Album Review of Dallas Cosmas: The Memory Keys
Dallas Cosmas‘ goal seems to be to push the envelope of progressive alt-rock music. His style is somewhat plodding and gloomy, enhanced by frequent musical dissonance. I’m never entirely sure if I like Dallas’ vocals; he seems to miss a lot of notes. Typically I’m not sure if he’s a little flat intentionally or not, and even if it is on purpose, I’m not sure what I think of it. But I’m also aware that the honest, raw emotional connection of a singer-songwriter, even one whose voice perhaps wouldn’t win any singing competitions, appeals to a large segment of the listening audience, especially so to those who enjoy Dallas’ mood-driven, progressive alt-rock style. And, indeed, after a couple dozen listens to The Memory Keys, there are several songs I can’t imagine would work nearly as well with more polished vox. Indeed, I do really like some of these songs. So if this is a genre you enjoy — or if you’re willing to give some solid, well-crafted, ambitious music enough listens for its quirks to grow on you — give The Memory Keys a shot. This is an interesting release from an artistic, talented musician, an album that’s tremendously well-produced and well worth the effort to get familiar with.
Dallas wrote and produced the disc and delivered the vocals, keyboards, bass, and guitar on The Memory Keys. As always, Dallas worked with a talented team. He was joined by Paul Richards on the drums, with Wally Rankin (guitars, backing vocals), Wayne Rintoul (soundscapes, backing vocals), Brother To The Birds (rhyhtms, guitars, loops, backing vocals), Matthew Shadwick (guitar, slide), Evan Englezos (keys), and Simon Segal (keys, treatments) joining him. The disc was directed by Simon Segal, engineered by Wayne Rintoul, and mastered by Martin Pullan for Edensound.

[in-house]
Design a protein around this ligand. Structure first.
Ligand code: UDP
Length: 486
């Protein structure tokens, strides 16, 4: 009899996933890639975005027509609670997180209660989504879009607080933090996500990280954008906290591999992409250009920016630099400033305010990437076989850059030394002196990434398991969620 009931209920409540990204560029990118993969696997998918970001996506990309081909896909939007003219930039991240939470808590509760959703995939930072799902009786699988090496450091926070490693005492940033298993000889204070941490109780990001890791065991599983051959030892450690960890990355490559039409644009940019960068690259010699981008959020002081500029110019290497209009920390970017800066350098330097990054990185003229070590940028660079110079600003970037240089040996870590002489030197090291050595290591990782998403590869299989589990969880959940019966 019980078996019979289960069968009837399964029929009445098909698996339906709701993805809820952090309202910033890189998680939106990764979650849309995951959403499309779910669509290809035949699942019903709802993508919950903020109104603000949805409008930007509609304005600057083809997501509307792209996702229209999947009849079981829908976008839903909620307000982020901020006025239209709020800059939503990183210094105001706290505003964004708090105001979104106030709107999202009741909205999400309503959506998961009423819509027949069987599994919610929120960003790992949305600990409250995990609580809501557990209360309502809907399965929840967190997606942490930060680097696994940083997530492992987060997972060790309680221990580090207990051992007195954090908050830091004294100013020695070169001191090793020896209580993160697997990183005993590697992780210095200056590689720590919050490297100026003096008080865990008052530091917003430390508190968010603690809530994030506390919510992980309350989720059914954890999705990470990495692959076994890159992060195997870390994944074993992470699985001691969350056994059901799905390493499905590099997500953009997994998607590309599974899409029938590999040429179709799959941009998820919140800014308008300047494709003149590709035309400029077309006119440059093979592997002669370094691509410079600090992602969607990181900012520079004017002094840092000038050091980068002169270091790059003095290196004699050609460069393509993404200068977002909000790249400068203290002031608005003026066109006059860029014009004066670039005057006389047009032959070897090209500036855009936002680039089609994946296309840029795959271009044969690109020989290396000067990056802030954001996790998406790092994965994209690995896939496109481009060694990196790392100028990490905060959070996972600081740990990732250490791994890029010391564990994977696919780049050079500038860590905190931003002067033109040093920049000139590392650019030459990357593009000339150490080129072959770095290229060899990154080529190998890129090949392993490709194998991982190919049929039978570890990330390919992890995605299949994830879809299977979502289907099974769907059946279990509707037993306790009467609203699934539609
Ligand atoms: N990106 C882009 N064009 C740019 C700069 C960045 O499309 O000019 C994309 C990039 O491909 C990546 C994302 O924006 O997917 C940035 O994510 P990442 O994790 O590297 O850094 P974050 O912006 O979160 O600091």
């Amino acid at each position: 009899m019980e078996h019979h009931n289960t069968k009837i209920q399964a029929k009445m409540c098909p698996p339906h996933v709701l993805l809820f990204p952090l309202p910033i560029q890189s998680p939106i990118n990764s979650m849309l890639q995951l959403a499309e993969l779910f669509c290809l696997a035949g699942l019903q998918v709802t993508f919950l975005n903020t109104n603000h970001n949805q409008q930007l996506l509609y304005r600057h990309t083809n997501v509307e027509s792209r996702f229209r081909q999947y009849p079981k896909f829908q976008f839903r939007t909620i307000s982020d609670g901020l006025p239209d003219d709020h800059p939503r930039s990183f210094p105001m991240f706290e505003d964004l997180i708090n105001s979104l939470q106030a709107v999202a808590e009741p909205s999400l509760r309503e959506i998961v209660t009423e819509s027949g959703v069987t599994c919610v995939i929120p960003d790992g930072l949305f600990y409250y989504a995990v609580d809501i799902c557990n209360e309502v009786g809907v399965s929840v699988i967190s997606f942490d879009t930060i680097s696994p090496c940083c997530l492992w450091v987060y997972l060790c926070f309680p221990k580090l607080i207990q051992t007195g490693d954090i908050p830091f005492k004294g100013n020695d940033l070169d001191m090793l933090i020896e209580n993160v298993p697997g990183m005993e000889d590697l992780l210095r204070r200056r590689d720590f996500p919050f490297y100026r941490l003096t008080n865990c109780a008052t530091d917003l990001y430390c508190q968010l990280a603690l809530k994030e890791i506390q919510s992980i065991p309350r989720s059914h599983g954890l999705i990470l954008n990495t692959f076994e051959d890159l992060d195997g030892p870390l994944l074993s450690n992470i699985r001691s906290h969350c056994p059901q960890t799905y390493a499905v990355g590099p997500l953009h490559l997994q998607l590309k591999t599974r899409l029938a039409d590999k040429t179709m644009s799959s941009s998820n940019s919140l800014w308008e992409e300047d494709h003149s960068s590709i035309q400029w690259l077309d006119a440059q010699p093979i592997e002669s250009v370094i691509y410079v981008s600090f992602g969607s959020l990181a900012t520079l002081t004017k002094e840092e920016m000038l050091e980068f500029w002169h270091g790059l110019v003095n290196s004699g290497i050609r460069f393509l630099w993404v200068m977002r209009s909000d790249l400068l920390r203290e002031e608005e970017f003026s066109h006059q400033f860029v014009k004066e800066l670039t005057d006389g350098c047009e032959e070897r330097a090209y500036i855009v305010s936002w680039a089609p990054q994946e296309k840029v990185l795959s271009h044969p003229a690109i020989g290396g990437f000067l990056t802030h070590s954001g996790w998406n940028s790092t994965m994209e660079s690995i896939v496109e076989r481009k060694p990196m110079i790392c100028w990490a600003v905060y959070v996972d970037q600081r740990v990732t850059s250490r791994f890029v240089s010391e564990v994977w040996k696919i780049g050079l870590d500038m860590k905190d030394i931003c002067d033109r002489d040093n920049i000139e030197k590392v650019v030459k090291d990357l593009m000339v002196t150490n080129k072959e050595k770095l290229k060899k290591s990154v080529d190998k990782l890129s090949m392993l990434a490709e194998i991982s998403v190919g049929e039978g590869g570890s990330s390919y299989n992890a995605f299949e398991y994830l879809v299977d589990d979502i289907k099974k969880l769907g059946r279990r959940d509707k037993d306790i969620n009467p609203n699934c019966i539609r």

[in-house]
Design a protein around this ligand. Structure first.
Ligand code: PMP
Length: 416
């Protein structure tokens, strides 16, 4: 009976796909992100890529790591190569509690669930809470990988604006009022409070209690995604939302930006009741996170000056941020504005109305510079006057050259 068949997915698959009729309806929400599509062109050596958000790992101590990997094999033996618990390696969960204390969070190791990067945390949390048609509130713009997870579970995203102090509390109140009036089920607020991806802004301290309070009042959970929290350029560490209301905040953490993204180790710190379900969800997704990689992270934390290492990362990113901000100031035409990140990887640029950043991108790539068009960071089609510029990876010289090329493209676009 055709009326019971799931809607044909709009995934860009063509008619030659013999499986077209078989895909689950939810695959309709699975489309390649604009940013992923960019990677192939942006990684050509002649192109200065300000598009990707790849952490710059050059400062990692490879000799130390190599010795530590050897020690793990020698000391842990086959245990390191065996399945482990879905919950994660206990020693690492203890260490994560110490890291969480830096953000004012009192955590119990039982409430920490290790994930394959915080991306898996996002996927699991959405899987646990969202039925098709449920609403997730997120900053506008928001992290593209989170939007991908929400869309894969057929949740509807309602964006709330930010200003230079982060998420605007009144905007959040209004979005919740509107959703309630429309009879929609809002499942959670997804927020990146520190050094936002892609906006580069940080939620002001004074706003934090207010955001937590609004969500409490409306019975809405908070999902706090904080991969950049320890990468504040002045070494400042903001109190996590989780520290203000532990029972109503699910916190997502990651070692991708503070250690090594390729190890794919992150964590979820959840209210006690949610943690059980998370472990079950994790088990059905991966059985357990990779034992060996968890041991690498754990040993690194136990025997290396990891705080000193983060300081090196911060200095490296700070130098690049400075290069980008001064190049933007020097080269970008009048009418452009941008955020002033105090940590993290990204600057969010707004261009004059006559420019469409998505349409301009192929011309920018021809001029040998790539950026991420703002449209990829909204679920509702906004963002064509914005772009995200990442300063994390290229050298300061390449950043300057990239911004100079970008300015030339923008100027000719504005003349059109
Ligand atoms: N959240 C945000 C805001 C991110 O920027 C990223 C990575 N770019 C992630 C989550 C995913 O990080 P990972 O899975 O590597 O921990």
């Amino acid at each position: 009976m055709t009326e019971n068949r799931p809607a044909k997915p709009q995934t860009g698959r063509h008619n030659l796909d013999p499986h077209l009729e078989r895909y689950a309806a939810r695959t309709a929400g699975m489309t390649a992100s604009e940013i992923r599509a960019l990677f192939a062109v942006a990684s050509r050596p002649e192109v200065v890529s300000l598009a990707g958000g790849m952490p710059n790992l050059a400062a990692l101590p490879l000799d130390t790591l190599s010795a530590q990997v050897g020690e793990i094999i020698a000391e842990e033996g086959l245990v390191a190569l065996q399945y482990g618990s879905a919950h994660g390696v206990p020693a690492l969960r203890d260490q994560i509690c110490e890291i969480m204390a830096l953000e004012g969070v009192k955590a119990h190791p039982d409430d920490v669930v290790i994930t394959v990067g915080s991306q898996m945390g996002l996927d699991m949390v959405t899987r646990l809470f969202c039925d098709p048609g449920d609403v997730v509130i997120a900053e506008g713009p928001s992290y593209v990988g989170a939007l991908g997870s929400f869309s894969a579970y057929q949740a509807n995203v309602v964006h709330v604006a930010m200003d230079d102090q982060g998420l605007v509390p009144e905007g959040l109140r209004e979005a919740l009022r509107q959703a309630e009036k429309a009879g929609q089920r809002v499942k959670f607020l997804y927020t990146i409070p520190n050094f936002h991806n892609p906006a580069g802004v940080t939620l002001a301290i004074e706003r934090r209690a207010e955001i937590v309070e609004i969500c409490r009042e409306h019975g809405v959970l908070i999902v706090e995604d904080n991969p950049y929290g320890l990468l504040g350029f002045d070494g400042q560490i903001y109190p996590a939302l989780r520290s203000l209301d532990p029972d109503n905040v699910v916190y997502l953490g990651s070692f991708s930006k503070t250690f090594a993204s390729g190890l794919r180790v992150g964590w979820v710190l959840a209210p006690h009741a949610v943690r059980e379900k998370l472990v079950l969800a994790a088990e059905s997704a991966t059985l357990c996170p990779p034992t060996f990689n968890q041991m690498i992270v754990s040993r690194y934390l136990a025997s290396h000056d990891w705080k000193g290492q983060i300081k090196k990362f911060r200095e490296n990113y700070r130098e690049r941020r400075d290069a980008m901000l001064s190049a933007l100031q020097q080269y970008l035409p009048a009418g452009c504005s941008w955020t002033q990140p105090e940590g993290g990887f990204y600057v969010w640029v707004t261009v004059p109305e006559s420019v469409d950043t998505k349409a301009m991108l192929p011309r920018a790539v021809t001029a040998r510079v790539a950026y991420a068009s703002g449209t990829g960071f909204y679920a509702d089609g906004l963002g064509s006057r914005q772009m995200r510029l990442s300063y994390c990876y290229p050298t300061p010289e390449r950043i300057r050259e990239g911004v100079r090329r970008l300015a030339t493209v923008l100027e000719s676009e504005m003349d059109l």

Getting back to the music, though, The Memory Keys takes influences ranging from ’60s Beatles-style pop-rock to ’80s New Wave to ’70s Bowie progressive pop-rock and blends them into an identity all its own. Right off, there’s a late-’60s pop-rock vibe to the album-opener “45 Revolutions” that sets the stage for this record. The following song, “The Midnight Road,” then swings the album in a more progressive pop direction, lyrically imaginative with an electronic flavor to its bass and guitar hooks. I appreciate that there’s a music video for this number on YouTube, as it’s a great introduction to Dallas’ music, as good a litmus test as I can imagine for whether you’re likely to enjoy the rest of the disc… though perhaps not, as it’s not even among my personal favorites.
The plaintive “Bang Bang (The Chorus)” serves up a real sense of anguish, actually reminding me in that sense a bit of an album I reviewed earlier this year, Night Worker from “Les Paul’s” (The Paul’s). Both albums leave the listener intrigued but uneasy as they navigate relatively uncharted progressive waters.
Interestingly, my favorite tracks land near the end of The Memory Keys‘ seemingly purposefully ebbing and flowing musical journey, but there are some cuts in the middle that are worth taking note of, including the haunting “A Part of Me,” the reverb-laden, ’70s-era, experimentally off-balance “Why Don’t You,” and the softly almost-melodic, tensely uncomfortable, emotionally bare “It’s Over Me.”
But, again, it is in the final third that you’ll find my personal favorites.
First is the alt-rock, soundtrack-ready “Meet You Once Again.” I’m picturing it playing in the background during one of those heartbroken montages… or perhaps even during a reuniting sequence at a dingy bar somewhere… or in a cafe while it’s raining outside, especially if there’s an uneasiness that it might not end well.
The strings and the ’60s pop-rock nature of its songwriting, along with a certain warm tone in Dallas’ vocals make “The Promise” an easy track to enjoy, like the alt-rock doppleganger of Billy Joel sings the Beatles in a funhouse.
The uneasiness doesn’t go away on “Green Girl,” a slow-tempoed, flower-childy number whose psychedelic nature comes through via distorted guitar and a tempo that always seems as if it’s going to fall a fraction of a count off but never does.
And then “Good Goodbye” closes the collection with another soundtrack-flavored number, this one a mid-tempo bit that seems as if it might play as the movie’s action fades into the credits.
I enjoy being tuned into the work Dallas and his cohorts at Prototype Musique produce. Such depth of musical background and willingness to experiment produce interesting sounds and albums conceived as a combination of art, expression, and music. I look hearing to seeing what this talented Australian ensemble produces next, both Dallas’ future solo work and the other projects on which he and his team are involved. So far, The Memory Keys stands among my favorites from Prototype.
For those who missed it, Geoff Wilbur’s Music Blog contributor Joe Szilvagyi reviewed Dallas Cosmas’ previous album, Farewell From the Lighthouse, back in June.